Written by By Dallas Raines, CNN
“There were a lot of different stories, and that makes it a challenge. Trying to digest all the different nuances and things that should go into [the recipe].”
Caroline Izinko’s recipe included thinly-sliced chicken and sprouts and a dollop of buffalo sauce.
As Buffalo wings became a national favorite, so did the artist known as Edible Buffalo. His animated books, bottle tours, cart rides and artist workshops showed young and old the appeal of the burger-flavored meat.
Izinko’s story is just one of dozens peppered throughout “Edible Buffalo: Conversations on Food and Art.” Dubbed “The Buffalo Project,” the collection of essays, visuals and rich poetry reveals a uniquely American city struggling to discover its identity.
Along with food, furniture and music, North America’s largest city also produces a significant portion of its inventory.
In 2017, that diversity was best exemplified by to chef James Fung, when he created Edible Restaurants. Fung began with the check-in process — like a Chicago boutique, the brasserie hosts “celebrity chefs” who meet with the food-hungry masses and answer questions about the origins of their menu items.
Fung, 31, told CNN the idea came about in a conversation with friends about the Black Restaurant Week in 2017, during which they overheard two young African-American women discuss their homespun cuisine as something ahead of their time. “I always felt like I had a really unique set of foods to me,” she said.
Inspired, Fung started Edible Restaurants as a way to honor, preserve and celebrate those beginnings. For now, his menu includes dishes based on vegan and Southern food but complete with sauces, powders and other local ingredients; some dishes are intended to reflect Black History Month.
For example, one of Fung’s fried chicken recipes features his style of Jidori chicken — used in Chinese cuisine — so she “doesn’t know if she has violated the laws of fried chicken or not.” (Fung included her citation at the end of the recipe.)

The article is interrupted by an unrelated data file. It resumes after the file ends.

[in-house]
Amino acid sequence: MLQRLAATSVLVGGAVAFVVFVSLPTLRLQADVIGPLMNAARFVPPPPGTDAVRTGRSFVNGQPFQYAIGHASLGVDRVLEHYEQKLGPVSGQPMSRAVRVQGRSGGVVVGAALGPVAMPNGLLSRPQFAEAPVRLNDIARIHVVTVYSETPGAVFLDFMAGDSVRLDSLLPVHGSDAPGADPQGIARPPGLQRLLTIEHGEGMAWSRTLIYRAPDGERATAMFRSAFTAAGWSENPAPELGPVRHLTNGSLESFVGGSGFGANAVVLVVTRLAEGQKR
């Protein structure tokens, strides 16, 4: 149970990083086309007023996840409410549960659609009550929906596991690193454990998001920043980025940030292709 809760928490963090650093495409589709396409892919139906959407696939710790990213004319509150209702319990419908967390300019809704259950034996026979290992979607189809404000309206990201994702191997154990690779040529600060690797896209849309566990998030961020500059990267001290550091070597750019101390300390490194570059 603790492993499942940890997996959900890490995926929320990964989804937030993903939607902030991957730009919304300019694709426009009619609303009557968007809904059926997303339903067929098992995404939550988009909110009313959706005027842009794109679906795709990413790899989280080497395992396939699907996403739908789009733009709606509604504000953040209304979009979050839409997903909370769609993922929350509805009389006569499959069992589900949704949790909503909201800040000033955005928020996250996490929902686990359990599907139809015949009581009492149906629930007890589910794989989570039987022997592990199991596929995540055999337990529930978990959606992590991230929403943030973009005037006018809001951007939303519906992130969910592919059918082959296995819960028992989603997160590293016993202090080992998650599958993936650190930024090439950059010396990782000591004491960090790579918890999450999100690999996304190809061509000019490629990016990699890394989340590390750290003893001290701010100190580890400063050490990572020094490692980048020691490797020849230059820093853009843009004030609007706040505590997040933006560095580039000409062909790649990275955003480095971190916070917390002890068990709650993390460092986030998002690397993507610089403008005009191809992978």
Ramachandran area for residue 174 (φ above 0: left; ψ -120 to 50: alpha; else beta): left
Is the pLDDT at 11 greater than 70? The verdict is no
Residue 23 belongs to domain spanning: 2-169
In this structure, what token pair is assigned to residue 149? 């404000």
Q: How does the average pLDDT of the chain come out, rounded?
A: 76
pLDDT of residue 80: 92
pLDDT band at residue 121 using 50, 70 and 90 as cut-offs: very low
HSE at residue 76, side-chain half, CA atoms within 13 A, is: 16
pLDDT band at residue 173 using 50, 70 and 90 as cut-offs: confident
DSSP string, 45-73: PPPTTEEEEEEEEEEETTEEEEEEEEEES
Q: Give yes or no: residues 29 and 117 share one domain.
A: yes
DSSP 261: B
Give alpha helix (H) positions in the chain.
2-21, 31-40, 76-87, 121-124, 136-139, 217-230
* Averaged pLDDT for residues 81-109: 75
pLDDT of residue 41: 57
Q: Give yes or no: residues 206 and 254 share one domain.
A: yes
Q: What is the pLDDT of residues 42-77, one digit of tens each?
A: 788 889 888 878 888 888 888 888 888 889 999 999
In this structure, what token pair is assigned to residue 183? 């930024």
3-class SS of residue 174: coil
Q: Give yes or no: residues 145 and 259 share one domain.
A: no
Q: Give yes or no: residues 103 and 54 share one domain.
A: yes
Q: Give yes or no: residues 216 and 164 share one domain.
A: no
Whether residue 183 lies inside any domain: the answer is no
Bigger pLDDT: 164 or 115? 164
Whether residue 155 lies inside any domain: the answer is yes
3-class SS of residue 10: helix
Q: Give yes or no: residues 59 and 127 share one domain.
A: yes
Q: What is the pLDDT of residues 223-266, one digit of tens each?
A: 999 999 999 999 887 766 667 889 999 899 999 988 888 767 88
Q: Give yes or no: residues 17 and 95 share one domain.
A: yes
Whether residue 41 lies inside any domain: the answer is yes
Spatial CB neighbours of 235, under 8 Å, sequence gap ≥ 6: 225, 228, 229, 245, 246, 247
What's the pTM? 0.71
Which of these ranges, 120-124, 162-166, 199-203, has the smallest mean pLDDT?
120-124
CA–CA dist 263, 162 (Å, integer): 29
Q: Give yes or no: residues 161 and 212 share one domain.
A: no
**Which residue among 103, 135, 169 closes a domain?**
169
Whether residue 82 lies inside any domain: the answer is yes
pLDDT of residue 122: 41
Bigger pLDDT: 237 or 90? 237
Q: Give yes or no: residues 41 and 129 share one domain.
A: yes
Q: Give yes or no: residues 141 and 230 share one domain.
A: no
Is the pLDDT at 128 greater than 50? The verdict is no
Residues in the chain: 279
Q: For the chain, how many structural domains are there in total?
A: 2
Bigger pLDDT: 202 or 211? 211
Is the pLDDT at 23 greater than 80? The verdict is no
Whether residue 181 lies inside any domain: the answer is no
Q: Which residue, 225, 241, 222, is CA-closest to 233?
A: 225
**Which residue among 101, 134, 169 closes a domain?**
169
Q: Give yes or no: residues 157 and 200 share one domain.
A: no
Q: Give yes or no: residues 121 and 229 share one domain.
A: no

“This is a very layered story,” Fung said of America’s culinary politics. “As a white person who comes to see [this story], I’ll be very honest and open to saying that I am an outsider.”
Some of the Buffalo in Edible Restaurants — pulled from the “Buffalo Project” anthology — have their roots in the city’s musical history. Kelly Maguire’s bass player’s favorite songs in a Kodachrome photo (impressively, it features the lyrical lead vocal refrain of Diana Ross) come from artists of mixed race — James Brown, NWA, Etta James, The Spinners, Al Green, and Otis Redding — the artist traces to the city’s black and white hotspots and political brawls.
The music also remains a crucial aspect of the conversation about the black presence in Buffalo.
The city has long grappled with its legacy of racism.
“The folktale that Buffalo people tell is of two white guys out on a bridge and a little Dutch girl grabs their hand and goes, ‘Racial hatred has no color, only hate,'” said Cynthia Ward, an Ecolabel Inc. editor.
“But the Dutch girl was actually black, but in our folktale, it becomes an issue of color. It speaks to a history of conflict between whites and blacks and their racial sensitivities.”
When it comes to food, Ward said, the general approach of blacks (and whites, generally) is not to minimize the black food identity to a competing culture.
“It’s not like the cultural identity of the black people versus the white people, it’s more a dialectical conversation between people’s cultural experiences and perspectives and cultures. We’re not arguing that black people don’t do anything, but there are other cultures that do and they do it really well.”
And indeed, there are many distinctive Black Buffalo stories. They reflect a community that’s constantly evolving, yet standing on the shoulders of years of oppression.
As Ward summed it up: “It’s a way of preserving memories and longing that we have and engaging in conversation about what we’re truly believing.”